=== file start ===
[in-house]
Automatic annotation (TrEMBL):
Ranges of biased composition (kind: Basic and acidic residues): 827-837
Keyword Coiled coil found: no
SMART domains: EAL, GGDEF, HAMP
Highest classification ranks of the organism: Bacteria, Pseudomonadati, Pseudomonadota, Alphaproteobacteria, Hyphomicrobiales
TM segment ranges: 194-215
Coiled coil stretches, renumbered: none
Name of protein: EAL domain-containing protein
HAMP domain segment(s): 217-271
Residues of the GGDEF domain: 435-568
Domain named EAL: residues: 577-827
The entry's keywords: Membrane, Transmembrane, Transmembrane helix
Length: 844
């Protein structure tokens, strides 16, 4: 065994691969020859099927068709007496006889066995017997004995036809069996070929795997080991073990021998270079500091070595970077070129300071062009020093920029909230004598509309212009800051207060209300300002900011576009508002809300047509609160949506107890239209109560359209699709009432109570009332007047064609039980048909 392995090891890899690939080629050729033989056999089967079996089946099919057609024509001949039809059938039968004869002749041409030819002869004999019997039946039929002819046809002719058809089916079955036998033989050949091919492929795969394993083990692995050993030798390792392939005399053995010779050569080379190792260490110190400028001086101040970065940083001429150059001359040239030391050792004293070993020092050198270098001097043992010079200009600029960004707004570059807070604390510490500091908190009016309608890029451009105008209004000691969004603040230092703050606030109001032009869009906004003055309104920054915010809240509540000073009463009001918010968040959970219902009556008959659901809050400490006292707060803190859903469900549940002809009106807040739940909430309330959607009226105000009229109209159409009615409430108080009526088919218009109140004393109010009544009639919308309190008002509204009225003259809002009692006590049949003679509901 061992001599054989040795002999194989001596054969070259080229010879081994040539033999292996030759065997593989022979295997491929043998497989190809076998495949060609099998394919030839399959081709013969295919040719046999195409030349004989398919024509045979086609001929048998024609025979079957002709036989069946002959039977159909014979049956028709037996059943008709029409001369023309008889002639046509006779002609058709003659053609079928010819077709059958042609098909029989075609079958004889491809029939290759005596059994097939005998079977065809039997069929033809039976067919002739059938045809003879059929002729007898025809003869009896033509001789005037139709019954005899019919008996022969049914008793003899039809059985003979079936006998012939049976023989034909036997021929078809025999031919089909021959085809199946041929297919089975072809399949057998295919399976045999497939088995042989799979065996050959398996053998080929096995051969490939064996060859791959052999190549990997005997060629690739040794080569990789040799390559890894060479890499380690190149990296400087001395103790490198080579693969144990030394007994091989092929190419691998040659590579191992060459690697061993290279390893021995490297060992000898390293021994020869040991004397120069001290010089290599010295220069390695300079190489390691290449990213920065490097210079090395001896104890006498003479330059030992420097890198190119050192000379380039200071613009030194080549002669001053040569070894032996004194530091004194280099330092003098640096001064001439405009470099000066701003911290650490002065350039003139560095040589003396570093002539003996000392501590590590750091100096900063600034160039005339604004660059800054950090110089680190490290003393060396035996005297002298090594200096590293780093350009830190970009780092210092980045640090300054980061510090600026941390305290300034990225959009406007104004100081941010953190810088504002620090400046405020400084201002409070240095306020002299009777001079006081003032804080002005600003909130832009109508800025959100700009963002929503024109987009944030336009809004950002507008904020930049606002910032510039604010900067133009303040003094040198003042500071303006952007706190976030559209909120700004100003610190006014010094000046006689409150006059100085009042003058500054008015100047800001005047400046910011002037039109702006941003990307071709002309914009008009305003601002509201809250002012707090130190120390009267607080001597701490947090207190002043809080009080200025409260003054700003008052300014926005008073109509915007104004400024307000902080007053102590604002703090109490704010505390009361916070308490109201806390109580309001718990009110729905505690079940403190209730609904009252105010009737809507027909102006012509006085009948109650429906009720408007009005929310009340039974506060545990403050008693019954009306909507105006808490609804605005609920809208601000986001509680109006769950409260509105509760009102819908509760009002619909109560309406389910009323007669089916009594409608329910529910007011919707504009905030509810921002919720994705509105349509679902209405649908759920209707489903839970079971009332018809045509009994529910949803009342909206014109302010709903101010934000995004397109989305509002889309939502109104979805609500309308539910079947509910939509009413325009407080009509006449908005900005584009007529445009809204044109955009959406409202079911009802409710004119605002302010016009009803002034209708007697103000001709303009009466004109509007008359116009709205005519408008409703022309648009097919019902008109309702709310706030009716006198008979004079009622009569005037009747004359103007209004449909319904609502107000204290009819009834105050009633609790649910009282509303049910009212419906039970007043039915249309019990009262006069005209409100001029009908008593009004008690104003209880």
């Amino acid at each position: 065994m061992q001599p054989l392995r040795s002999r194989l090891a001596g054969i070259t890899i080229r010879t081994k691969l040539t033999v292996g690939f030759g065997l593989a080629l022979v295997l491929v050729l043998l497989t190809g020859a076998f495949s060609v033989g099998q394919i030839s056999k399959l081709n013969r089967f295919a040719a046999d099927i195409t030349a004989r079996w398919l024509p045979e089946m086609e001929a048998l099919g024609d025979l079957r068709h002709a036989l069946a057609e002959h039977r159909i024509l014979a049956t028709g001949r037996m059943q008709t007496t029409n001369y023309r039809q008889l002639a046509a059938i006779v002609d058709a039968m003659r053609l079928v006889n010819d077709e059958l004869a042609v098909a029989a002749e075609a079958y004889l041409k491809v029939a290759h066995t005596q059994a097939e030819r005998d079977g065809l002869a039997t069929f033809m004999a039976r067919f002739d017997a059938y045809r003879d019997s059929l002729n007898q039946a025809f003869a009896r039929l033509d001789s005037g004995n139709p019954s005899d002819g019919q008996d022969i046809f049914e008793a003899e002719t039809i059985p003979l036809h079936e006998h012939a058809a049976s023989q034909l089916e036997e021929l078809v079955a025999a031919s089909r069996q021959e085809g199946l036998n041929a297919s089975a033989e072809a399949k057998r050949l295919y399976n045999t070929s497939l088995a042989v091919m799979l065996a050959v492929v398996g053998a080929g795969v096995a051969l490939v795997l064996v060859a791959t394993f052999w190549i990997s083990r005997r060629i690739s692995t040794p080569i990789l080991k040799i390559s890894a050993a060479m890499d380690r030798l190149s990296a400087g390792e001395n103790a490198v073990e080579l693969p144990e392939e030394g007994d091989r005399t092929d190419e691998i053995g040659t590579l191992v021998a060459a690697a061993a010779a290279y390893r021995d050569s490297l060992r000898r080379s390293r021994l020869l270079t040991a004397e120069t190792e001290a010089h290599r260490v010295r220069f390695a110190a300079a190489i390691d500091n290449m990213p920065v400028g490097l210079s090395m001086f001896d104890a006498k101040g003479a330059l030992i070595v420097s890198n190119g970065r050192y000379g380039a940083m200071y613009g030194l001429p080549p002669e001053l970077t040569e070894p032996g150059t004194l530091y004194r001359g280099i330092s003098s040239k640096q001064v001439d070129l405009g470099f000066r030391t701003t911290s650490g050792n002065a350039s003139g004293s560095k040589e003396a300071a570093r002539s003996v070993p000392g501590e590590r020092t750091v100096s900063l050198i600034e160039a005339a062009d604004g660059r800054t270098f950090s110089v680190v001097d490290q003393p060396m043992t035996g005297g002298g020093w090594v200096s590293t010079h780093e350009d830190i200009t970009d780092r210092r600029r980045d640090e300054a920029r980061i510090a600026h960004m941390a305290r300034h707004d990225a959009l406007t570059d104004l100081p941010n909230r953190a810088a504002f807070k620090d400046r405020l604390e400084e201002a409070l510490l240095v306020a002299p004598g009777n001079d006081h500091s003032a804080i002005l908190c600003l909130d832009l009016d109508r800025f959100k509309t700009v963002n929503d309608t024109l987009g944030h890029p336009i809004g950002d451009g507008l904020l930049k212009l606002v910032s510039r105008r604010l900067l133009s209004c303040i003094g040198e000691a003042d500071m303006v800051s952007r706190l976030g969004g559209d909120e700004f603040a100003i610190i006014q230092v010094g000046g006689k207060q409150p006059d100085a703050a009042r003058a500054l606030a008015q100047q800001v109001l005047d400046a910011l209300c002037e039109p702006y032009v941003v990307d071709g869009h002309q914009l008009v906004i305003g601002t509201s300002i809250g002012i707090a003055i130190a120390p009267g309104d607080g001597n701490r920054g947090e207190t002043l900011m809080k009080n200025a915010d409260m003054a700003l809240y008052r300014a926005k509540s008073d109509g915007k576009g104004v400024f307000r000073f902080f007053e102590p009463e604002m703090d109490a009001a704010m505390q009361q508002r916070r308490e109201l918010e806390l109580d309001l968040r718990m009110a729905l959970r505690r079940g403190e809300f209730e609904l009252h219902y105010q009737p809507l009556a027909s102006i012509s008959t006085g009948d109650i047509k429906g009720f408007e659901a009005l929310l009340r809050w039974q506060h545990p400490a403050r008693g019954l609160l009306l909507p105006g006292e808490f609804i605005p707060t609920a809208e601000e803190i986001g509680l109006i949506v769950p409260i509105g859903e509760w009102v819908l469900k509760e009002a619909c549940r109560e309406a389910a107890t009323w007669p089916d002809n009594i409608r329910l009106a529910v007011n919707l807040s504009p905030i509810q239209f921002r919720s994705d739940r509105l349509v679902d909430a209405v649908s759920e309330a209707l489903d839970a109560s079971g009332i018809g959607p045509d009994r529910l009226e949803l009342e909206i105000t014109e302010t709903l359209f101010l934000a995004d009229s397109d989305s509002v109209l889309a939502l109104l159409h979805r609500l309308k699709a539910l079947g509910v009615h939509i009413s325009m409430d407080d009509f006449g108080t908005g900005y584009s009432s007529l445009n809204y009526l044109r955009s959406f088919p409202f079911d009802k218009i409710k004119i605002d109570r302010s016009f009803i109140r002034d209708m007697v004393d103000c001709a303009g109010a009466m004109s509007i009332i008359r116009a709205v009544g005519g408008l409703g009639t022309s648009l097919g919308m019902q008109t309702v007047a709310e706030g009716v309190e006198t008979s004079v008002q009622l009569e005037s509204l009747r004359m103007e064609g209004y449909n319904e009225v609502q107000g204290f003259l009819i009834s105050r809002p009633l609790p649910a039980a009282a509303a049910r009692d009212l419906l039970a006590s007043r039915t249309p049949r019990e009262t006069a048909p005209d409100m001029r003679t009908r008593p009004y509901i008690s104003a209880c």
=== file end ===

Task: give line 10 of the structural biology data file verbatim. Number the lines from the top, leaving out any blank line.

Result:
HAMP domain segment(s): 217-271